An Earthway garden seeder (model 1001B) is frequently used for seeding small research and demonstration plots as well as home gardens. Seeding uniformity tests were conducted with 18 species of vegetable in this seeder using the planter plates recommended by Earthway, alternate plates, and plates modified by taping off metering ports to change the seeding rates and spacings. Performance with the Earthway seeder with most vegetable seeds would not qualify it as a precision seeder, but the Earthway seeder can do an acceptable job of planting many vegetable seeds in small plots at less than 1/10th the cost of a commercialquality precision seeder. A table giving specific recommendations for each of the 18 species has been prepared to aid research and extension personnel as well as home gardeners.

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Regina P. Bracy and Richard L. Parish

Stands of brassica crops obtained with precision seeders are sometimes inadequate or nonuniform. Although several types of covering devices and presswheels are available from precision seeder manufacturers, the effects of covering devices and presswheels on plant emergence of direct-seeded Brassica crops have not been determined. In Spring and Fall 1996, six crops of mustard [Brassica juncea (L.) Czerniak] and four crops of cabbage (Brassica oleracea L. capitata group) were direct seeded with a precision belt seeder using four covering devices and four rear presswheels. All of the covering devices and presswheels evaluated were adequate for direct seeding mustard and cabbage under the soil moisture conditions and soil type (silt loam or fine sandy loam) found in these experiments. Although poor stands were obtained with all seed covering devices and presswheels when 7.8 inches (199 mm) of rain occurred within 3 days of planting, plant stand of cabbage was greater when the paired arm device was used than with drag-type or no covering devices.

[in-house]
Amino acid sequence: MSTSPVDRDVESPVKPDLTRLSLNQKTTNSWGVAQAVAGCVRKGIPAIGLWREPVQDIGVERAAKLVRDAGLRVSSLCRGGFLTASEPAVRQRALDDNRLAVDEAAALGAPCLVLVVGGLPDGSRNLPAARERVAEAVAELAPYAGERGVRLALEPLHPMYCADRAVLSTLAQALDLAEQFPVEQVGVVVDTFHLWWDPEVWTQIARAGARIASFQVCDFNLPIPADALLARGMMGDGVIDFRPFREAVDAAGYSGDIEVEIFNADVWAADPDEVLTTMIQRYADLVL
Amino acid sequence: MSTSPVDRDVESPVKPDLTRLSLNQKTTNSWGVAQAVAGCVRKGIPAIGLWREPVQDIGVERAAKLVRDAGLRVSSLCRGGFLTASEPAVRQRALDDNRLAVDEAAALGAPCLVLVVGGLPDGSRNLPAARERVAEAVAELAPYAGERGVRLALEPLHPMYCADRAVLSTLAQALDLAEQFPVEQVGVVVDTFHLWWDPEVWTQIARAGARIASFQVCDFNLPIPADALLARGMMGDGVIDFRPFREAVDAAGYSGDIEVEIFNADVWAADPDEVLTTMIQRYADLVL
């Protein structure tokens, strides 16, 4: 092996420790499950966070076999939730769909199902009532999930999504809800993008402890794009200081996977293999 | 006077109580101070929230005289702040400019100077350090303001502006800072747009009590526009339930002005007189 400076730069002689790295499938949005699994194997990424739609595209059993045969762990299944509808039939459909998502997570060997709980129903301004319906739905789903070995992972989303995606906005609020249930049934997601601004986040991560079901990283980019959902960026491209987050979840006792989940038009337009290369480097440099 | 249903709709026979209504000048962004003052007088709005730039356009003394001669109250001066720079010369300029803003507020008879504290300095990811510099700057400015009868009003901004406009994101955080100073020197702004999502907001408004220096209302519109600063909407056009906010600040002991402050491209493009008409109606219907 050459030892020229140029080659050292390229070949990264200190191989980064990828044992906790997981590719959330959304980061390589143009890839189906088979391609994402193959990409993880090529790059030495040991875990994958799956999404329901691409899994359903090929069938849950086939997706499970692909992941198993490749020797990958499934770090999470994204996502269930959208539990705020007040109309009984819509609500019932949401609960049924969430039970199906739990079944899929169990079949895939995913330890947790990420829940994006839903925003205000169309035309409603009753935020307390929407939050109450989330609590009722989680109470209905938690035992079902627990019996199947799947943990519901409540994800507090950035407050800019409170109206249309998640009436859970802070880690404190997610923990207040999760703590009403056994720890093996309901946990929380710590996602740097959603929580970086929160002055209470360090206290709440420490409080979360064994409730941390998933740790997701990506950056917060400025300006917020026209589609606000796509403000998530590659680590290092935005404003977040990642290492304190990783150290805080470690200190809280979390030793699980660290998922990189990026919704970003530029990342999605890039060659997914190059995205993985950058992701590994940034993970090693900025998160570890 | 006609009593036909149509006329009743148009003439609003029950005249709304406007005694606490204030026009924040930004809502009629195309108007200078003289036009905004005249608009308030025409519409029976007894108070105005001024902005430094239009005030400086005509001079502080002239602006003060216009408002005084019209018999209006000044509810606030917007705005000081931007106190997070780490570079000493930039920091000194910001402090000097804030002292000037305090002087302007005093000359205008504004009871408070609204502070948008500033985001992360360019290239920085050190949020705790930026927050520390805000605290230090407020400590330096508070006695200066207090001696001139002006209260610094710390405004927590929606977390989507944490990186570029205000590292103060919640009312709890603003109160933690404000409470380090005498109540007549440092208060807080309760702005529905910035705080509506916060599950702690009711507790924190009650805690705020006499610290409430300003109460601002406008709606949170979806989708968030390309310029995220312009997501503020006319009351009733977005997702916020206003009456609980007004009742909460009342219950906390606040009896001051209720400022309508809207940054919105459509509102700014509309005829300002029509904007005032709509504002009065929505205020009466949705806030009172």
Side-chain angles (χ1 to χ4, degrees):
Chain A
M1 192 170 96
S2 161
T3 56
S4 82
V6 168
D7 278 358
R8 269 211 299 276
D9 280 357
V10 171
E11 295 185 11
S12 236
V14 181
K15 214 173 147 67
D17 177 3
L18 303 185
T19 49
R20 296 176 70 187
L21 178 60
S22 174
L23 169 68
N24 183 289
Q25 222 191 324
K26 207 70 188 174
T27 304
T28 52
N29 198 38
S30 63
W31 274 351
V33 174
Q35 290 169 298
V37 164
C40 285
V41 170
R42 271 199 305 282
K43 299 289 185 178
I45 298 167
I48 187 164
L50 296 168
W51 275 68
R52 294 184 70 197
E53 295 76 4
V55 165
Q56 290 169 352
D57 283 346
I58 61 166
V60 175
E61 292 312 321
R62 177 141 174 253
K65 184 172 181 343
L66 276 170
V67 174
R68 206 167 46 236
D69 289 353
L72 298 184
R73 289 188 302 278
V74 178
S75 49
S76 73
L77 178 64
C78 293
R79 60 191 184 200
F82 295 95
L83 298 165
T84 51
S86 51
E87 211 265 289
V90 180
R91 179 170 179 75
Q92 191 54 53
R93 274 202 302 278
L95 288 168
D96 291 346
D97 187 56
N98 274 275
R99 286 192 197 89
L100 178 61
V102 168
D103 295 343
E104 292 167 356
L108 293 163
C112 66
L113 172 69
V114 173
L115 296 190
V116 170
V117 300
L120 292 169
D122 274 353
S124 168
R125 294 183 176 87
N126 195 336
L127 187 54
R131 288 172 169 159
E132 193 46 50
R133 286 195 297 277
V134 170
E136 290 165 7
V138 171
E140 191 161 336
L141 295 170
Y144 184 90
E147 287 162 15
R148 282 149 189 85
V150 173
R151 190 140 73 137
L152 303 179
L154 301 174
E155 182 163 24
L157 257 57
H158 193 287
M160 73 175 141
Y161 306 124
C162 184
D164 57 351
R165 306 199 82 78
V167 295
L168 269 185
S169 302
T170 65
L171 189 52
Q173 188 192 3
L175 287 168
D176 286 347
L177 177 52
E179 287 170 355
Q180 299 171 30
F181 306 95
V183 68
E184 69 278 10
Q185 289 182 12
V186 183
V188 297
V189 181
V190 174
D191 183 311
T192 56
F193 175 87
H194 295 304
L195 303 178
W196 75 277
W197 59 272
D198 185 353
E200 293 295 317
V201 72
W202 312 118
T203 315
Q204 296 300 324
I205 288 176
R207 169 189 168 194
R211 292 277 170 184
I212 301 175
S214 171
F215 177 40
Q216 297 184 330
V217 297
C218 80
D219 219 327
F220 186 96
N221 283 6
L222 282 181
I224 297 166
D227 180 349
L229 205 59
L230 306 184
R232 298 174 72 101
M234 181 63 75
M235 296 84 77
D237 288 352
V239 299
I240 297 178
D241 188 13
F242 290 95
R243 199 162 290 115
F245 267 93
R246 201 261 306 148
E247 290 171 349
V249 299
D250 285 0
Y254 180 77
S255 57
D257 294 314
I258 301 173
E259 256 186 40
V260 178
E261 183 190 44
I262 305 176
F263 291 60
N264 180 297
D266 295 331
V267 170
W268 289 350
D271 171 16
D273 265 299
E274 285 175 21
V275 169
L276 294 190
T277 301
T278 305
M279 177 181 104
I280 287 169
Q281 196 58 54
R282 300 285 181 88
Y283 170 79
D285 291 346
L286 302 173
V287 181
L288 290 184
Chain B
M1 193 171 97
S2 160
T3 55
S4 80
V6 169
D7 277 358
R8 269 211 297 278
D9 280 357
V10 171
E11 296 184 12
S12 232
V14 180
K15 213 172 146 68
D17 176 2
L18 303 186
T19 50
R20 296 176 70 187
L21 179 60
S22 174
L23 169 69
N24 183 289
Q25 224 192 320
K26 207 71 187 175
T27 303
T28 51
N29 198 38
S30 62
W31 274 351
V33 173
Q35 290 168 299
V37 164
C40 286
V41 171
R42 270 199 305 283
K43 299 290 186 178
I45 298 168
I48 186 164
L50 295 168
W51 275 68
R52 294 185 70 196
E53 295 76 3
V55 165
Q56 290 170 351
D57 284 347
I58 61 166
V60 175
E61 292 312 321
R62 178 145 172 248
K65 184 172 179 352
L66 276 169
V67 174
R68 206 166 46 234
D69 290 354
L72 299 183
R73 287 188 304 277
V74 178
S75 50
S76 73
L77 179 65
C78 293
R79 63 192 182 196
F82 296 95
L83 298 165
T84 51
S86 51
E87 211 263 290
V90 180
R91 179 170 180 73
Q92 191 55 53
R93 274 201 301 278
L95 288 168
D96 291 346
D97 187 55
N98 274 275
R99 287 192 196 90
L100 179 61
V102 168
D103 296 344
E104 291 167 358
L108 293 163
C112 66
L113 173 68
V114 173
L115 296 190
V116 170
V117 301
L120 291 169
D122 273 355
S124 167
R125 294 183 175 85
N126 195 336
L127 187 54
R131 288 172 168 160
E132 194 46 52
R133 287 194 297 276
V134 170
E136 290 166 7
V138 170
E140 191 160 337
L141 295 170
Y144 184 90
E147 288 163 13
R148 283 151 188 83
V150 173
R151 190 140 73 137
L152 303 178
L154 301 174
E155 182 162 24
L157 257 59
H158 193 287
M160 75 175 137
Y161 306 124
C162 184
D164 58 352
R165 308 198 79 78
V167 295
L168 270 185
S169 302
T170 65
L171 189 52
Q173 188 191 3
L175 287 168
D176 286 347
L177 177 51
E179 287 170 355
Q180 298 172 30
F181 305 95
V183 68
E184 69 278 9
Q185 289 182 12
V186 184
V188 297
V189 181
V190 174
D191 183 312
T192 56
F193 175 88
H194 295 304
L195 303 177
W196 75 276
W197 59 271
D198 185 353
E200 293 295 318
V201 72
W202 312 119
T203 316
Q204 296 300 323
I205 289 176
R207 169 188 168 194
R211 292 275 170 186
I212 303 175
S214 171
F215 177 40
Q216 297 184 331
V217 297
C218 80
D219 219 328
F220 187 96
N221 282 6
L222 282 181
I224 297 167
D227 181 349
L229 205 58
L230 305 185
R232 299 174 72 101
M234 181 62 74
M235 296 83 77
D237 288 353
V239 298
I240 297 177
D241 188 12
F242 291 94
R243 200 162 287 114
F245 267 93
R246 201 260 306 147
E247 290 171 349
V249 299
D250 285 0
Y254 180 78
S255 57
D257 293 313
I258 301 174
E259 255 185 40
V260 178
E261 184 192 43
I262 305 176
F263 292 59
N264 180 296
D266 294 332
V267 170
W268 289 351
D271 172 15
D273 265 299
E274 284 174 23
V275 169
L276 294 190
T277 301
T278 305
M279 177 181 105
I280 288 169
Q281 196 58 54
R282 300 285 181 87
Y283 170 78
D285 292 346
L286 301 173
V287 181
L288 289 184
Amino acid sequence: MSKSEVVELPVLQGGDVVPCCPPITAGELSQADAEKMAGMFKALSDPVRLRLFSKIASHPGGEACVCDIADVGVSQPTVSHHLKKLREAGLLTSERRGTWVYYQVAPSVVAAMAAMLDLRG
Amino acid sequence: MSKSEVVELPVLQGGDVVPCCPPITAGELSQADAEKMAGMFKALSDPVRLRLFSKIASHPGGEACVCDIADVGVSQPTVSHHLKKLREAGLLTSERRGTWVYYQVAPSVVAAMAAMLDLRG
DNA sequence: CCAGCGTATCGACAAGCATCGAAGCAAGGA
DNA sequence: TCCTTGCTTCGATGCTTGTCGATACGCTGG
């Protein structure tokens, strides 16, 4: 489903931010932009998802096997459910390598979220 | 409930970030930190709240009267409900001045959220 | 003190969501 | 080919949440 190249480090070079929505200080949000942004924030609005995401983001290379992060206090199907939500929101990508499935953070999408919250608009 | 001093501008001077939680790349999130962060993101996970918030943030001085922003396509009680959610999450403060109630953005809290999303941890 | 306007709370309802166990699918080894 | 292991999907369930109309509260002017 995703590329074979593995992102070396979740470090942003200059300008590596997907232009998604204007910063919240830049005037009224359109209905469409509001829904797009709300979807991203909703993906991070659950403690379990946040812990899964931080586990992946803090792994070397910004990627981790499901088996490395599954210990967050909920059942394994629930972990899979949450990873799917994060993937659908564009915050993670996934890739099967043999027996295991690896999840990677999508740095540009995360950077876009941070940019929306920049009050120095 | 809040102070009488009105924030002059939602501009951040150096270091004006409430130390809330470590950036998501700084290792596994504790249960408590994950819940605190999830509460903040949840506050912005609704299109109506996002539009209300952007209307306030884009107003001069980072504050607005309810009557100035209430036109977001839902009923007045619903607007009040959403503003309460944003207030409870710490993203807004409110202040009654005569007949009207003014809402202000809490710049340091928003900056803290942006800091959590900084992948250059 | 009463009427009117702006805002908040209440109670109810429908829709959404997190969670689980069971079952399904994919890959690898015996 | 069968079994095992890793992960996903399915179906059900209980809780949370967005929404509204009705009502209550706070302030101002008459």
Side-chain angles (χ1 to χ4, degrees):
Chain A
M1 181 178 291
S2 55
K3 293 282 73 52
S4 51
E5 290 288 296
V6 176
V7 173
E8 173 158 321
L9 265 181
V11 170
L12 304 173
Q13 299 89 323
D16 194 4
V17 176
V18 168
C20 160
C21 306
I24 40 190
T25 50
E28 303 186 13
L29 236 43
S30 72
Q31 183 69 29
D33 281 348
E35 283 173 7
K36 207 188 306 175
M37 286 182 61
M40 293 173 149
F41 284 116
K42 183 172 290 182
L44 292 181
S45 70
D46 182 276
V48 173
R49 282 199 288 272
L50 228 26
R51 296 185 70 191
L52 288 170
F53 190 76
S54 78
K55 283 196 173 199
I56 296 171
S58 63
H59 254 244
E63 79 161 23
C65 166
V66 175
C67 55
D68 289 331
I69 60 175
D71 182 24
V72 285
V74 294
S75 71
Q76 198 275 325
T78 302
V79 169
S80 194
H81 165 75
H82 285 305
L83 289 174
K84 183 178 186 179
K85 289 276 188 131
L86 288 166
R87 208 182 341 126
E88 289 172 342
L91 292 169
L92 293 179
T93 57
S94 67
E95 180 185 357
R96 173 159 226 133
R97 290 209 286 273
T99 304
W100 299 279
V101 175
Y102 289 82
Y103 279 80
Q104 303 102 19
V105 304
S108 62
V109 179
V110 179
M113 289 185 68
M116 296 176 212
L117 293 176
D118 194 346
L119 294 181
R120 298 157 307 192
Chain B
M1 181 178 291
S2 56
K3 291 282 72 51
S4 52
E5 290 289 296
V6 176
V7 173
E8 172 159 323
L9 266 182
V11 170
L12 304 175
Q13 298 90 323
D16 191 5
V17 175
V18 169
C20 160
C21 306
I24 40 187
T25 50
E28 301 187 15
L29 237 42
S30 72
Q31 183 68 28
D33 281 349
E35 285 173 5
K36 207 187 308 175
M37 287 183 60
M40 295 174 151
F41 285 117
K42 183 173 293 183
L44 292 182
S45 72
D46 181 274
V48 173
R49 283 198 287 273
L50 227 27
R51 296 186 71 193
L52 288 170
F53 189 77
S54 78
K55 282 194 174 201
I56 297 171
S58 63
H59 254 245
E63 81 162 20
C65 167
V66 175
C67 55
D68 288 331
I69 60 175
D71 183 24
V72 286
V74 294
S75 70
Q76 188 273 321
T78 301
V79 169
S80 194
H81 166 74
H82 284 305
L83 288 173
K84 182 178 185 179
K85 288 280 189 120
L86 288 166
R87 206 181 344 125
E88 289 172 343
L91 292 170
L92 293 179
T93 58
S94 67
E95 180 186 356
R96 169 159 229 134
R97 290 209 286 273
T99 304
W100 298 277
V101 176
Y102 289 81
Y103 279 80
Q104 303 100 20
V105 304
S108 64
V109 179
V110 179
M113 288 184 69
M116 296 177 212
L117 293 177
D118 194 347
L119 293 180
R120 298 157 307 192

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Richard L. Parish and Regina P. Bracy

Selecting the proper seeder setup to meter a given seed lot effectively can be very difficult for a vegetable grower, especially if the seed lot is not graded for size uniformity. A belt-type seeder should effectively singulate the seeds if the seeds are spherical and uniform because the holes are specifically sized. Seeds that are not graded for size uniformity may not be singulated effectively by a belt-type seeder. A vacuum-type seeder should uniformly meter a wider range of seed sizes better than a belt-type seeder since the holes in the seed plate must only be smaller than the smallest seeds in the lot. Seed lots (graded and ungraded) of two turnip (Brassica rapa L. rapifera group) cultivars were metered with a belt seeder using belts with holes 6/64 inch (2.4 mm) or 7/64 inch (2.8 mm) in diameter or with a vacuum seeder. Neither the belt nor vacuum seeder satisfactorily singulated any of the seed lots. With the larger (7/64 inch) belt holes, there were excessive incidences of multiple seeds per drop. With the smaller (6/64 inch) belt holes, multiple drops and missed seed were excessive. The vacuum seeder also resulted in excessive misses and multiples.